"Style" gets a liberal interpretation at Sydney Gay and Lesbian Mardi Gras.

"Style" gets a liberal interpretation at Sydney Gay and Lesbian Mardi Gras. Photo: James Brickwood

IT WAS the great sage and sex-tape star Paris Hilton who said: "The only rule is don't be boring and dress cute wherever you go. Life is too short to blend in."

Hilton's wise advice is perhaps the best definition of style you will find, and one many gay men appear to ignore.

In popular culture, a gay man without style is like a bully calf deprived of its testicles — both have had their manhood irreparably compromised.

That is why television shows such as Sex and the City feature expensively dressed homosexual characters ever ready to dispense with bitchy bons mots and fashion tips for Botoxed women friends.

These men and their ridiculous advice should be ignored.

Fancying blokes does not automatically mean you will give good sartorial advice, as fashion designer Calvin Klein points out: "There are a lot of gay people in fashion, but it's not as if every gay person is a good creator."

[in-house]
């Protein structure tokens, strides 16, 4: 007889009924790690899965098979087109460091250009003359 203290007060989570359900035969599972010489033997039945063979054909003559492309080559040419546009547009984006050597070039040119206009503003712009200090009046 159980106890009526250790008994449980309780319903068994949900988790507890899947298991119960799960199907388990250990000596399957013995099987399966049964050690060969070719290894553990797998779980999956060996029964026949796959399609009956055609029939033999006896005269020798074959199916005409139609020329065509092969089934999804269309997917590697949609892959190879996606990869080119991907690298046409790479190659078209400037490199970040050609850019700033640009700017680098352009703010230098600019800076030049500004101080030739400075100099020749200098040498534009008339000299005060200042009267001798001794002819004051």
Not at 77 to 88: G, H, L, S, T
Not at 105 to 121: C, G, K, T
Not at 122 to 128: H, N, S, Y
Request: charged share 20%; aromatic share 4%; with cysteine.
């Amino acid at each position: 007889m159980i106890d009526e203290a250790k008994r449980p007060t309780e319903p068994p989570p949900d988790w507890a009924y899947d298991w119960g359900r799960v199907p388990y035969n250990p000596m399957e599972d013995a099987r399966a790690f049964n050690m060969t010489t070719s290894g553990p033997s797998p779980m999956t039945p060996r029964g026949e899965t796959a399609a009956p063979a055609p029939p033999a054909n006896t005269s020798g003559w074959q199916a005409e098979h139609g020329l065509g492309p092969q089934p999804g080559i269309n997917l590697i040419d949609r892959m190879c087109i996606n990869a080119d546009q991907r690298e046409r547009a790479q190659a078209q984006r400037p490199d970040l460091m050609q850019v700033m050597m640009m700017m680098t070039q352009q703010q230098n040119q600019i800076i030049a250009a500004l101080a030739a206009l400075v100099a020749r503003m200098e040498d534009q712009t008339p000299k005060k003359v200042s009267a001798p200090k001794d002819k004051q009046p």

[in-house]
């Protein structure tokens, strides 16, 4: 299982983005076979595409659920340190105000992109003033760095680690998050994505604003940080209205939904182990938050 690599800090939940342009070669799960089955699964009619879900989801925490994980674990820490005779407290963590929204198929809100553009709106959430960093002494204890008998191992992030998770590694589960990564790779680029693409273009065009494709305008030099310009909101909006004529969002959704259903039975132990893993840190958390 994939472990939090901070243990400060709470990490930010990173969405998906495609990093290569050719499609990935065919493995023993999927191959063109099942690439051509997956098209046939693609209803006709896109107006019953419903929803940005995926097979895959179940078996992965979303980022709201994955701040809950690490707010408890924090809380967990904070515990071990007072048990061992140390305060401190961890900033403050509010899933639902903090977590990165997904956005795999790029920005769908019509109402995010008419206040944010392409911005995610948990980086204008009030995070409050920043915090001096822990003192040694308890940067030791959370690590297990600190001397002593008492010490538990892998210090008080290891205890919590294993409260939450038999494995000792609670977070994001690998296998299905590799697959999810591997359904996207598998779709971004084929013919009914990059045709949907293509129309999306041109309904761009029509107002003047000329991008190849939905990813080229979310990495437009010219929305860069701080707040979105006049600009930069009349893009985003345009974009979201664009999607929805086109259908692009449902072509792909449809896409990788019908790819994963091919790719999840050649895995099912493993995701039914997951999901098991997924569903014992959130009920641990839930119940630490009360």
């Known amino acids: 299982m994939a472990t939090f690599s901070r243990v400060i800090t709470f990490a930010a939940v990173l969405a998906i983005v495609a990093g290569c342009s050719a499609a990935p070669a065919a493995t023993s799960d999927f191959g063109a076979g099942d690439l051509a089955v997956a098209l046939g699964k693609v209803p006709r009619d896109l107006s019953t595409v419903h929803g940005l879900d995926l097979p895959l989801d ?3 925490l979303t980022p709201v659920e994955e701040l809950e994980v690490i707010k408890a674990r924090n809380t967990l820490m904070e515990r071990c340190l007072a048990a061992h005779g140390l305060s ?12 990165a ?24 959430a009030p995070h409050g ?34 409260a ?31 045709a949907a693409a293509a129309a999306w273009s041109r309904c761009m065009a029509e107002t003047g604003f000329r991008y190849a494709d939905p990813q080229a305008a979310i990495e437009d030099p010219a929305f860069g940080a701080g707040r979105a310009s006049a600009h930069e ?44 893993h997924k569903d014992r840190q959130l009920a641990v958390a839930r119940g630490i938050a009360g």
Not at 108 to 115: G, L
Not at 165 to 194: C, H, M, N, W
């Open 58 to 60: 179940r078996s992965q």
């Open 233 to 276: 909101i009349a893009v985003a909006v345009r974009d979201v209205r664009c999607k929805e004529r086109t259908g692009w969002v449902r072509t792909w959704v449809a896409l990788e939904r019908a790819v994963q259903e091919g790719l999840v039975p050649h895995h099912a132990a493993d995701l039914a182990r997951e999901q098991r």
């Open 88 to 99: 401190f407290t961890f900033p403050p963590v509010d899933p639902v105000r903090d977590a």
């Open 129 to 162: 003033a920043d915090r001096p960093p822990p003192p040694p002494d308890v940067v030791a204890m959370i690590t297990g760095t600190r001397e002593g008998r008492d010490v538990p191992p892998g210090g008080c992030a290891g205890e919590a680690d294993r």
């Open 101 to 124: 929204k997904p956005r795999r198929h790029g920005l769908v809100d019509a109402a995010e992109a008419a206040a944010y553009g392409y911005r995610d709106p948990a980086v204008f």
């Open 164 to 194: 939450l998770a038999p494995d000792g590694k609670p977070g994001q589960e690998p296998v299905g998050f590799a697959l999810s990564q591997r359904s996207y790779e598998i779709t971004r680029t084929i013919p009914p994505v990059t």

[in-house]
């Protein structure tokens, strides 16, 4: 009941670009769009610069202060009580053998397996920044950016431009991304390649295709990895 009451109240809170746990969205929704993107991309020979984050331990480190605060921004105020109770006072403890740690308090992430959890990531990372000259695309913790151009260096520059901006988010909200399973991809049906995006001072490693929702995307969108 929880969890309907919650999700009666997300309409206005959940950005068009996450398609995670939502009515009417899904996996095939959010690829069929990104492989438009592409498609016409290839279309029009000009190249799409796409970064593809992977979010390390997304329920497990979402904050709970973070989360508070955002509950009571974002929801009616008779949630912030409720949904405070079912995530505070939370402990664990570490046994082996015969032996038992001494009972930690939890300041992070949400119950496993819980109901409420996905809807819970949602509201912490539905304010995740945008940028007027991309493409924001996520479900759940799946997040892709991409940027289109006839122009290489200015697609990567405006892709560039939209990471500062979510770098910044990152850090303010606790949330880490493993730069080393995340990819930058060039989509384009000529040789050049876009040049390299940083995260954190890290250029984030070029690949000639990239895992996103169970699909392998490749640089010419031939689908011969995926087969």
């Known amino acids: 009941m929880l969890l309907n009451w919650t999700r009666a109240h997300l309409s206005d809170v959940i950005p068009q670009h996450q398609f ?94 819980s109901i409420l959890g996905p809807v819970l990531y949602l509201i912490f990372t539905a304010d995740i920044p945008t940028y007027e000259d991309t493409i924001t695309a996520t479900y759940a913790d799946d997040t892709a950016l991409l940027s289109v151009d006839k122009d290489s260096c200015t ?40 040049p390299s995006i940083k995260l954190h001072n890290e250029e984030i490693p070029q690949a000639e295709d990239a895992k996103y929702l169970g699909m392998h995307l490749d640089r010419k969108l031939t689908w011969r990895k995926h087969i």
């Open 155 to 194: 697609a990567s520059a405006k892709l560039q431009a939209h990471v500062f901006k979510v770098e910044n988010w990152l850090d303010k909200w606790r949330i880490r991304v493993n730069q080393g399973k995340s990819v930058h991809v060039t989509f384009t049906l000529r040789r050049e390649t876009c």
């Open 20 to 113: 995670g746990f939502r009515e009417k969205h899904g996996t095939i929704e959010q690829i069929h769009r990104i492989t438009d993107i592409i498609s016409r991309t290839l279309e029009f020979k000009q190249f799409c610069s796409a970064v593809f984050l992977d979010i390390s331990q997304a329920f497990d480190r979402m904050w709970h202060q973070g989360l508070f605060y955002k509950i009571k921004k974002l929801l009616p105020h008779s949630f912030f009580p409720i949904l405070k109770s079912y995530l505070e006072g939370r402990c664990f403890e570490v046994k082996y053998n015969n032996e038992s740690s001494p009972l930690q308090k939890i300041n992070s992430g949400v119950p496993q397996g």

Gay men cannot even be trusted to dress themselves.

Style, as Hilton preaches if not practises, is not the same as the ability to wantonly spend money on overpriced clothing worn with fashion labels sewn on by underpaid south-east Asian sweatshop employees.

Nor is it stylish to wear aforesaid apparel too tightly over gym-enhanced pectorals deforested of hair like an Indonesian rainforest.

Yet this is what legions of gay men (and Alex Perry and Napoleon Perdis) flaunt themselves in, while glaring disdainfully at those less-expensively dressed and gymmed.

Too often, they are mutton dressed as man, a pine tree in a forest; that is, undistinguishable from each other.

Originality, as Hilton and countless others have said, is the true measure of style.